- National Executive Committee as elected by ANC, 20 December 2007, 52nd National Conference, Polokwane
- A change to armed struggle and the state’s intensified repression 1960s
- A chronology of meetings between South Africans and the ANC in exile 1983-2000 by Michael Savage
- An Autobiographical Note by Nelson Mandela, 1964
- ANC and the early development of apartheid 1948-1950s
- ANC Conference Documents
- ANC January 8th Statements
- ANC Origins and Background
- Armed Struggle, the anti-apartheid struggle accelerates 1984-1990
- Armed Struggle, the revival of armed activity 1970s-1980s
- Barbara Masekela’s speech (ANC Women’s Section), 1982
- Continued resistance and internal criticism 1920s and 1930s
- Delegates in attendance at the SANNC Founding Conference in 1912
- Delegations and dialogue between ANC and internal non government groups
- Early Resistance, the 1913 Land Act and deputations to London
- Isitwalandwe/Seaparankwe Award
- References: ANC feature
- Rejuvenation of the ANC and intensification of the struggle 1940s
- Second letter from Nelson Mandela to Hendrik Verwoerd 26 June 1961
- South African Coloured People Organisation (SACPO)
- The Founding of the SANNC
The African National Congress (ANC) is South Africa's governing party and has been in power since the transition to democracy in April 1994. The organisation was initially founded as the South African Native National Congress (SANNC) on 8 January 1912 in Bloemfontein, with the aim of fighting for the rights of black South Africans. The organization was renamed the ANC in 1923. While the organization’s early period was characterized by political inertia due to power struggles and lack of resources, increasing repression and the entrenchment of white minority rule galvanized the party. As a result of the establishment of apartheid, its aversion to dissent by Black people and brutal crackdown of political activists, the ANC together with the SACP formed a military wing, uMkhonto we Sizwe (Spear of the Nation/ MK) in 1961.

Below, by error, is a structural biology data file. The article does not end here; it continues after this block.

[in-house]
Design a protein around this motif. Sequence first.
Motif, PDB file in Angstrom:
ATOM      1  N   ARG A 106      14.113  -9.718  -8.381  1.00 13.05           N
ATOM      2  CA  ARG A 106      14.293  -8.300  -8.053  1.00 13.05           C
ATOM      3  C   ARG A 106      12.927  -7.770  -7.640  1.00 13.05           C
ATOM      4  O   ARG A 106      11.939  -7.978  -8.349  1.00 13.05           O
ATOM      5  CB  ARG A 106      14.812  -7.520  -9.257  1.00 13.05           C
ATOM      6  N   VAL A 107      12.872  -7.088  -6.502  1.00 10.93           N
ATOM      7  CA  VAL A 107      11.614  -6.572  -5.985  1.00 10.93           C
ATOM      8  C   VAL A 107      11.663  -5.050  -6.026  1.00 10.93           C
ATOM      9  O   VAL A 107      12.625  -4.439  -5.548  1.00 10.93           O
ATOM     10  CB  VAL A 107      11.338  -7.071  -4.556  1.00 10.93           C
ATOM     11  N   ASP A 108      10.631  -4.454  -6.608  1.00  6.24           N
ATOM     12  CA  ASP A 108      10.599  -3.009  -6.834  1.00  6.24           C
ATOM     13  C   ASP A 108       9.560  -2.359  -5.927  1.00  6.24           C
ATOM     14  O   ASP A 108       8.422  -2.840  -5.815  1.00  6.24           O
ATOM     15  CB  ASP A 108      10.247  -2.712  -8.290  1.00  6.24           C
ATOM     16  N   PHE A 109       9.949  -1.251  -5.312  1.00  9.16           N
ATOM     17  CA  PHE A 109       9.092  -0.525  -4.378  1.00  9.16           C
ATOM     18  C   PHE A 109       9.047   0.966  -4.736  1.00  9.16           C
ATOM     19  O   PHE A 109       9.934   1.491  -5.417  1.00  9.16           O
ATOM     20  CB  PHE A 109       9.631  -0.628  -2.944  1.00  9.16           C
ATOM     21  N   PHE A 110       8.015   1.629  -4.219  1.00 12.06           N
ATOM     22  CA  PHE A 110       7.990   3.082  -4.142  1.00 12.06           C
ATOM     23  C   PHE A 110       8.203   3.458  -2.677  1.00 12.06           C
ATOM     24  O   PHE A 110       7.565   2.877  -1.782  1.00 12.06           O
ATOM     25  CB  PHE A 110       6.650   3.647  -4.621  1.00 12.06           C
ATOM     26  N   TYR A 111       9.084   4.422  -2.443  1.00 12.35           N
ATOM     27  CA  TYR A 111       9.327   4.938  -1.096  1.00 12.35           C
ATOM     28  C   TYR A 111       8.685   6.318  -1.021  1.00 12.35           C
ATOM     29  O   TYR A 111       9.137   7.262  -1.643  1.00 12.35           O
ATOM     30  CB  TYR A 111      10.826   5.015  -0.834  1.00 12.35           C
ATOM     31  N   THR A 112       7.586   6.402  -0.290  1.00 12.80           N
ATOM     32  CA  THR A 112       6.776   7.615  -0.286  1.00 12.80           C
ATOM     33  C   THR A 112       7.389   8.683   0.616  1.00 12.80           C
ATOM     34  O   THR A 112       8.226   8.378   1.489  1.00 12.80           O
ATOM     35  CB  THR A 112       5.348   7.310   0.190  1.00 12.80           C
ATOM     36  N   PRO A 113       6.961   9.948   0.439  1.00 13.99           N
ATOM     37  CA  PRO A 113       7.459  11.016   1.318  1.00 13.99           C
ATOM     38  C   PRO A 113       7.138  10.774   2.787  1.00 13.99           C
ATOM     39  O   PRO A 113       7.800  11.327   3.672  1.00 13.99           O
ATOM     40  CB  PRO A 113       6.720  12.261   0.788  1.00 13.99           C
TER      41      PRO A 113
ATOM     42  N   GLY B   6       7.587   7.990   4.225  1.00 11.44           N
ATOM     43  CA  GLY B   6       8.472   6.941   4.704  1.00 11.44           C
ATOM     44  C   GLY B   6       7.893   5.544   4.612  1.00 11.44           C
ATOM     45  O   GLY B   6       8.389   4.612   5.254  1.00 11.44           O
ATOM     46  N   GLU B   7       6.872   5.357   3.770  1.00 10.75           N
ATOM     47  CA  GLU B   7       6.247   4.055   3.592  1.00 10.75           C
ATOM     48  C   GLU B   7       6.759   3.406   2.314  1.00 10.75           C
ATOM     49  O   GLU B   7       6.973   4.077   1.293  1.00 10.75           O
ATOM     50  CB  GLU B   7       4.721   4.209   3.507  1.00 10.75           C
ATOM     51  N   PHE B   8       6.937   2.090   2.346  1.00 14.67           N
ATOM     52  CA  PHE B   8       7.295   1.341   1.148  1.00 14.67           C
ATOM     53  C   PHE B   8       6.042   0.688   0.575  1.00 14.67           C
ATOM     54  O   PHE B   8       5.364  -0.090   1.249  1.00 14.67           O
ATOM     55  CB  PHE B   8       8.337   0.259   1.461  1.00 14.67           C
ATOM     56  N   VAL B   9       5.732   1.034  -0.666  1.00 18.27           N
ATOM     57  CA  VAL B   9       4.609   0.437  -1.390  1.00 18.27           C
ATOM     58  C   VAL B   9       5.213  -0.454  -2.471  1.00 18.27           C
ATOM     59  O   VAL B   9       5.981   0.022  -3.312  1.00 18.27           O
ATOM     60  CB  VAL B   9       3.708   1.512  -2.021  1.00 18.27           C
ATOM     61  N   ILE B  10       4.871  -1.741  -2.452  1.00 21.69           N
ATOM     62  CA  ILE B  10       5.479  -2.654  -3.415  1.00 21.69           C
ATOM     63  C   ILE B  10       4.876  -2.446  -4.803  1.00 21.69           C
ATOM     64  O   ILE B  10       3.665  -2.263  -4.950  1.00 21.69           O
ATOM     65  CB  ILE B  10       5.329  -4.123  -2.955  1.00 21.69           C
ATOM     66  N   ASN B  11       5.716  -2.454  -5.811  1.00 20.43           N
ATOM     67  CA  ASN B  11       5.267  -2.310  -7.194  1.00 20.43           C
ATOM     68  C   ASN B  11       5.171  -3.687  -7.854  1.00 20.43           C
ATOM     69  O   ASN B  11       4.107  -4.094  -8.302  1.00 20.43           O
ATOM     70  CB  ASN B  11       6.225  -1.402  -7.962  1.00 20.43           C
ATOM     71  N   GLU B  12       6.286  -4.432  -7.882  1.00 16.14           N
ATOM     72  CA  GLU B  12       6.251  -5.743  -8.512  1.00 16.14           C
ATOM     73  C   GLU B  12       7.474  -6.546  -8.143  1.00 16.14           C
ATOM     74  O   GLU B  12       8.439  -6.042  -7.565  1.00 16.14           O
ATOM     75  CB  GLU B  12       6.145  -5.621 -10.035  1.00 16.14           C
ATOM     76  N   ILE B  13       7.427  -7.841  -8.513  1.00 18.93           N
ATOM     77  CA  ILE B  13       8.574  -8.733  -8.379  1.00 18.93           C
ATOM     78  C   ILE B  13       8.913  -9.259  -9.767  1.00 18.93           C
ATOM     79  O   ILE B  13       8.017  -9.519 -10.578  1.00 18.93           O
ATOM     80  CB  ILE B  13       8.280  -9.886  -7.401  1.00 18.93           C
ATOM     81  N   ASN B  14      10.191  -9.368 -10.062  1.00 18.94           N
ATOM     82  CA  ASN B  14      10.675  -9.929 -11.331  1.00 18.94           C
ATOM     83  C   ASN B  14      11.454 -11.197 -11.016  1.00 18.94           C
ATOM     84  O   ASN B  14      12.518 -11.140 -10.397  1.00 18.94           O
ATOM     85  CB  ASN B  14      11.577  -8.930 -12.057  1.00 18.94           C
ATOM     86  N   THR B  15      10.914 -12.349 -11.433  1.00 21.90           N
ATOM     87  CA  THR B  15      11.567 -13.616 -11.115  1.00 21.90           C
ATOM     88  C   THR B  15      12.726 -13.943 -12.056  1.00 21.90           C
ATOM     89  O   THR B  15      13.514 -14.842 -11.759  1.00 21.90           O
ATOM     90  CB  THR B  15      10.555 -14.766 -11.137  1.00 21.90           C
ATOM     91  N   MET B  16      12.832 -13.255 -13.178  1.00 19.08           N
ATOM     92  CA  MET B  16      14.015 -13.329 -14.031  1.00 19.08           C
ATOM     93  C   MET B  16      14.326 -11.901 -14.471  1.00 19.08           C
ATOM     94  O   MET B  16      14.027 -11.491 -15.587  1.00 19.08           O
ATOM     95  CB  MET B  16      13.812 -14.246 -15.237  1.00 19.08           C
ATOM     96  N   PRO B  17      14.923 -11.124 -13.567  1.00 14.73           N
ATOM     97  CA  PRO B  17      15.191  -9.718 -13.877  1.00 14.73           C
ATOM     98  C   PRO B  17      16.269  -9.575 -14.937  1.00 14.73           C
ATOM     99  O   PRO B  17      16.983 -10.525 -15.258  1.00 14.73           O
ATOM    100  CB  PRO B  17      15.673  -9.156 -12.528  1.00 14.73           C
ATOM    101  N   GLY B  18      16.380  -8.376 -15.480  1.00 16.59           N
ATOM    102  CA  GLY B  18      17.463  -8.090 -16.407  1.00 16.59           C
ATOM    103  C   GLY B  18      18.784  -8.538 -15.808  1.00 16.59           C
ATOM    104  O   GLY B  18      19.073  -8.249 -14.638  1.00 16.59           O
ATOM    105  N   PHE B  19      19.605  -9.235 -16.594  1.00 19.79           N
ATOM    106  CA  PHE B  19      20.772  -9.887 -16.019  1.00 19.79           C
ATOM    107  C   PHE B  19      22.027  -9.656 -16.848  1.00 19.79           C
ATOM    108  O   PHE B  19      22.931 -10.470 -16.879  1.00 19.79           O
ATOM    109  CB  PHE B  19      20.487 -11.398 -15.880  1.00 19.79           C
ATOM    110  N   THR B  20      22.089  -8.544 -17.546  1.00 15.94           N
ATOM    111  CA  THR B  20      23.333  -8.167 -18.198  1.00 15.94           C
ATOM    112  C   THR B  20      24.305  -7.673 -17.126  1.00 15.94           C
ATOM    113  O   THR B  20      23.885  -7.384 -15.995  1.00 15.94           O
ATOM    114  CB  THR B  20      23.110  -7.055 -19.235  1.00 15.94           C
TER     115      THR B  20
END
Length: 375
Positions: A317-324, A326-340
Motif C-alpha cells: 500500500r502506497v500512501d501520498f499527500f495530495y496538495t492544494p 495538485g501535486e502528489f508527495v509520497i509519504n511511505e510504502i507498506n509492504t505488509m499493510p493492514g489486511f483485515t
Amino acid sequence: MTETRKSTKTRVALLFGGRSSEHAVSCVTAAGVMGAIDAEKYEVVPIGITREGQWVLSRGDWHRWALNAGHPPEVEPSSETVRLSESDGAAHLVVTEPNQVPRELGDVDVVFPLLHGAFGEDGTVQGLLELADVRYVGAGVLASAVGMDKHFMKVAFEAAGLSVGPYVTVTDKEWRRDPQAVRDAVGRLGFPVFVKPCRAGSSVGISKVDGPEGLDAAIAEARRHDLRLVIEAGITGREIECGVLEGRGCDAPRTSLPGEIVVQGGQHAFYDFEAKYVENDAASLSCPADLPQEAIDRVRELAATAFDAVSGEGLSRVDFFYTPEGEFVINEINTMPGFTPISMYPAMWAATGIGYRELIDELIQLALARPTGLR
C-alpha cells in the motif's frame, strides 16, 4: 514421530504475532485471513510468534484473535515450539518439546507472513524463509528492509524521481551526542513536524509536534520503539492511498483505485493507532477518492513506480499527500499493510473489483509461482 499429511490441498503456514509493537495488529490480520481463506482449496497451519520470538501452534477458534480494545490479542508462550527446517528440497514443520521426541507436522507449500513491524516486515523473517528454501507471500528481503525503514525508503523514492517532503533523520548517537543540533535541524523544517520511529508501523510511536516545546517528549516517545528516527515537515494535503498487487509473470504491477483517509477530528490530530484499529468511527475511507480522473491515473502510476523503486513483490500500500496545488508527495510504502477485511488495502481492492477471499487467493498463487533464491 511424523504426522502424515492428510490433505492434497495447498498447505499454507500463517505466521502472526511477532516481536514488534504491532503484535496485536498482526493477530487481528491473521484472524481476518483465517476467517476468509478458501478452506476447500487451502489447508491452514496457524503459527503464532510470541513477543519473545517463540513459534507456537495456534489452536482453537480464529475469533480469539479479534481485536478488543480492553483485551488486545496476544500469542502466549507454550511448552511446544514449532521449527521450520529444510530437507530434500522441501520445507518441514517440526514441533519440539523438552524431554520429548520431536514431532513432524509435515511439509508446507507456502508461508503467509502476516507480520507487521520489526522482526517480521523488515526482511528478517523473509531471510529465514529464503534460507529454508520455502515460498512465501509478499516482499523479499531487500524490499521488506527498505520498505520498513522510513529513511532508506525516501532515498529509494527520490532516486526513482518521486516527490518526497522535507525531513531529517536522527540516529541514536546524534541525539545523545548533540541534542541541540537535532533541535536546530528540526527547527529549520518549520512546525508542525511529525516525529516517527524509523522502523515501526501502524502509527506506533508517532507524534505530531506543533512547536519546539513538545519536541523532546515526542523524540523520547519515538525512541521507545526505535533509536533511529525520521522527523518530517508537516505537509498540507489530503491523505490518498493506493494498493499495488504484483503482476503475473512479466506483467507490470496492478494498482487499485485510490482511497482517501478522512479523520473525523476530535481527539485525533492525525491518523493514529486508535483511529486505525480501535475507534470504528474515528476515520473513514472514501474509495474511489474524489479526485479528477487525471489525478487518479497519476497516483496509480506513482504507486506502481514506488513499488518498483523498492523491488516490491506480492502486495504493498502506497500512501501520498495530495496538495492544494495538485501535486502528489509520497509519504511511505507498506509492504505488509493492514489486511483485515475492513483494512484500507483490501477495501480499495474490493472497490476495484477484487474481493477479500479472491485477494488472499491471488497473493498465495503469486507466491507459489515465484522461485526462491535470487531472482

Through MK, the ANC waged the armed struggle and obtained support from some African countries and the Soviet block for its activities. With the increasing internal dissent, international pressure and the collapse of the Soviet Union, the apartheid government was forced to enter into negotiations with the ANC. This saw the collapse of apartheid and the ushering in of democratic rule in 1994.
This feature focuses on the history of the ANC as one facet of the struggle for freedom and justice in South Africa. "Topics" outlines the chronological events in the organisations's history, written in chapters. “People” lists the ANC office bearers linked to their biographies other people connected to the ANC. The “Timeline” covers the period of the ANC from the early period to the recent past. An archive of ANC history related documents, articles, books and thesis have also been included under “Media Library”. Lastly, “Organizations” lists those organizations that are historically related or were at some point affiliated to the ANC.